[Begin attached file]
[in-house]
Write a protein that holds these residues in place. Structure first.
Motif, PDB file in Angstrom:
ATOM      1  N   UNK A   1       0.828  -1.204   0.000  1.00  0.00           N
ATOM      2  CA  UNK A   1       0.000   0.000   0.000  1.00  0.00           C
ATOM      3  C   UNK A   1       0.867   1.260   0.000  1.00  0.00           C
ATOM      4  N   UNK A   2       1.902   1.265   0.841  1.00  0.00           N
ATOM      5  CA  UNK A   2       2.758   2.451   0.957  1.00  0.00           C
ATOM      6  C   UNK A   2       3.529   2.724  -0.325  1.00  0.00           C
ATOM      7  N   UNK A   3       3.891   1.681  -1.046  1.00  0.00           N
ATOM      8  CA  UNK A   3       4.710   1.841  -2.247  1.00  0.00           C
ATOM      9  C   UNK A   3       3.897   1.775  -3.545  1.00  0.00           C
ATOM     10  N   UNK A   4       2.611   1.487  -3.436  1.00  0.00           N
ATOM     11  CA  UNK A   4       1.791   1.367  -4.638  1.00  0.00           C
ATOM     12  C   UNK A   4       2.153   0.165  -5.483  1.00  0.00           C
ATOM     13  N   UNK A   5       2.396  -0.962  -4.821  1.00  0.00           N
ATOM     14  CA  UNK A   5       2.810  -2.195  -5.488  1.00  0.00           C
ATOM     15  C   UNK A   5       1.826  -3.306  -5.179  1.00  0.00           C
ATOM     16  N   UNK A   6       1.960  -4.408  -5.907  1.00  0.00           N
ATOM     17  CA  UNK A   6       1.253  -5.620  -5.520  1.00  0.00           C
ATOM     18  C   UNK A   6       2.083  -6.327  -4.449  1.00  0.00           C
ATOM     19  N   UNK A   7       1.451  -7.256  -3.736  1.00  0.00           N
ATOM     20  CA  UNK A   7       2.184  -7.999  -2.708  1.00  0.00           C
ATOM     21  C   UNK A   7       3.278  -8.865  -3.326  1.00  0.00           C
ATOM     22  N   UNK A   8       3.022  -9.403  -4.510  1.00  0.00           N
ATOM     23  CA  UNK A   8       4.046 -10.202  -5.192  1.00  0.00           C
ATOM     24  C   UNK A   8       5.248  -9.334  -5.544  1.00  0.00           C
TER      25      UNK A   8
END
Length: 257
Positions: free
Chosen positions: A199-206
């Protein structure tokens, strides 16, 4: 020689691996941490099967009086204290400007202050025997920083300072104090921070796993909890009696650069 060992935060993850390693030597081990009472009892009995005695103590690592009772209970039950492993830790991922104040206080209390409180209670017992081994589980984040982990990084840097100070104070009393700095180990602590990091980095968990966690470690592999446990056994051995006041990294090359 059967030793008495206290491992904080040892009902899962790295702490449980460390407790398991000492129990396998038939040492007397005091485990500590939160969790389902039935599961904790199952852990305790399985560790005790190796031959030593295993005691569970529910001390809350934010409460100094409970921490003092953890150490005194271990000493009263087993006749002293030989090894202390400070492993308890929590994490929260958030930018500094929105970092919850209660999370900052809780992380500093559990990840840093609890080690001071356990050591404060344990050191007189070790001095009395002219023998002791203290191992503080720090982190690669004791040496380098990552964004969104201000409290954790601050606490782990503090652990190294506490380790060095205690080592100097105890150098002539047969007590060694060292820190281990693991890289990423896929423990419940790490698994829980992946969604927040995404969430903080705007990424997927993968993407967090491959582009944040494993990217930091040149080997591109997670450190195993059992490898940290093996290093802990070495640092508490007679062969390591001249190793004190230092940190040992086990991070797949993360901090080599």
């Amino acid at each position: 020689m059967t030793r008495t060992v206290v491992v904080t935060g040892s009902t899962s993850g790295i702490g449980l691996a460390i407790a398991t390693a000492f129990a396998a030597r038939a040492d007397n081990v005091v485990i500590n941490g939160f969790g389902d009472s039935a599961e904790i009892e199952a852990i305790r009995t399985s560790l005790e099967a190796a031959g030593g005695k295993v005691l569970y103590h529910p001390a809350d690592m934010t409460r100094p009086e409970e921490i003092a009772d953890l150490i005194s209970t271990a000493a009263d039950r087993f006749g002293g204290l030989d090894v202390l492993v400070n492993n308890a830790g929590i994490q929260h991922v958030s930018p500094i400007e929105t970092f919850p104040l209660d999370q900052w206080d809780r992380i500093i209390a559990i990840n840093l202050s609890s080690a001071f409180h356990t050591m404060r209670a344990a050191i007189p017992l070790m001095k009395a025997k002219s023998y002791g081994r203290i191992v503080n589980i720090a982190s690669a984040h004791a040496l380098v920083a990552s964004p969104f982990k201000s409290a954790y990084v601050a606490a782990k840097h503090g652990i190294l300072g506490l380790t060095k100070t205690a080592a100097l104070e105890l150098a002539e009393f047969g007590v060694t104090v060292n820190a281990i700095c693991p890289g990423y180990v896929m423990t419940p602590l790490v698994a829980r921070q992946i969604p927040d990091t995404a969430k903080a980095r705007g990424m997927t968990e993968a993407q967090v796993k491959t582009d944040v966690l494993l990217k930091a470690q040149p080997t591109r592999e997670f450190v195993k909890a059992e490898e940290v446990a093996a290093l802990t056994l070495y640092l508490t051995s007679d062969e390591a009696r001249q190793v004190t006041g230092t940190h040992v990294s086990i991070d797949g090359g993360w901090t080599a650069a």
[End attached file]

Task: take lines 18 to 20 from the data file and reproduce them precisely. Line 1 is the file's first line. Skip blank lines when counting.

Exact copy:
ATOM     15  C   UNK A   5       1.826  -3.306  -5.179  1.00  0.00           C
ATOM     16  N   UNK A   6       1.960  -4.408  -5.907  1.00  0.00           N
ATOM     17  CA  UNK A   6       1.253  -5.620  -5.520  1.00  0.00           C